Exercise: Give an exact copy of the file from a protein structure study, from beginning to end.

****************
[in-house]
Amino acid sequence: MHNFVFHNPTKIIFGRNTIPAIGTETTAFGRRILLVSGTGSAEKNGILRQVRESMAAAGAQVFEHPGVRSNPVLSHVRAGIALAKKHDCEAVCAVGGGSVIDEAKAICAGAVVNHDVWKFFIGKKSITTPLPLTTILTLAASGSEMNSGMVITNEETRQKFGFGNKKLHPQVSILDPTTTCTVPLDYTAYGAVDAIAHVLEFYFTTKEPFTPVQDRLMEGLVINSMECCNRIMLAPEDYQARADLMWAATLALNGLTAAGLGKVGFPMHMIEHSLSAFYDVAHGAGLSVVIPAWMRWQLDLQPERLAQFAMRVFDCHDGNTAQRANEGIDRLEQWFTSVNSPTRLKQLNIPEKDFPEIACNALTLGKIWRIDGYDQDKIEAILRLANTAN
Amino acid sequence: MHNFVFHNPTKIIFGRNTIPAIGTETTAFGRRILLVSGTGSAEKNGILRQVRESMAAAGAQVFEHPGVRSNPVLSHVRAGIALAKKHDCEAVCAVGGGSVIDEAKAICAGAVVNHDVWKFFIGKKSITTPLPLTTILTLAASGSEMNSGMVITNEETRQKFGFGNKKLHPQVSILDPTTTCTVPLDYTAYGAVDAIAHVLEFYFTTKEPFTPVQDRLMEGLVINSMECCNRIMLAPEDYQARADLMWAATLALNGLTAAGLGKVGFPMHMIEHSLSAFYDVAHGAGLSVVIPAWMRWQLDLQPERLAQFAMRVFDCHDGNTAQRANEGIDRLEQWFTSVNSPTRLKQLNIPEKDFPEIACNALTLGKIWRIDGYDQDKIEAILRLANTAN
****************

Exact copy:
[in-house]
Amino acid sequence: MHNFVFHNPTKIIFGRNTIPAIGTETTAFGRRILLVSGTGSAEKNGILRQVRESMAAAGAQVFEHPGVRSNPVLSHVRAGIALAKKHDCEAVCAVGGGSVIDEAKAICAGAVVNHDVWKFFIGKKSITTPLPLTTILTLAASGSEMNSGMVITNEETRQKFGFGNKKLHPQVSILDPTTTCTVPLDYTAYGAVDAIAHVLEFYFTTKEPFTPVQDRLMEGLVINSMECCNRIMLAPEDYQARADLMWAATLALNGLTAAGLGKVGFPMHMIEHSLSAFYDVAHGAGLSVVIPAWMRWQLDLQPERLAQFAMRVFDCHDGNTAQRANEGIDRLEQWFTSVNSPTRLKQLNIPEKDFPEIACNALTLGKIWRIDGYDQDKIEAILRLANTAN
Amino acid sequence: MHNFVFHNPTKIIFGRNTIPAIGTETTAFGRRILLVSGTGSAEKNGILRQVRESMAAAGAQVFEHPGVRSNPVLSHVRAGIALAKKHDCEAVCAVGGGSVIDEAKAICAGAVVNHDVWKFFIGKKSITTPLPLTTILTLAASGSEMNSGMVITNEETRQKFGFGNKKLHPQVSILDPTTTCTVPLDYTAYGAVDAIAHVLEFYFTTKEPFTPVQDRLMEGLVINSMECCNRIMLAPEDYQARADLMWAATLALNGLTAAGLGKVGFPMHMIEHSLSAFYDVAHGAGLSVVIPAWMRWQLDLQPERLAQFAMRVFDCHDGNTAQRANEGIDRLEQWFTSVNSPTRLKQLNIPEKDFPEIACNALTLGKIWRIDGYDQDKIEAILRLANTAN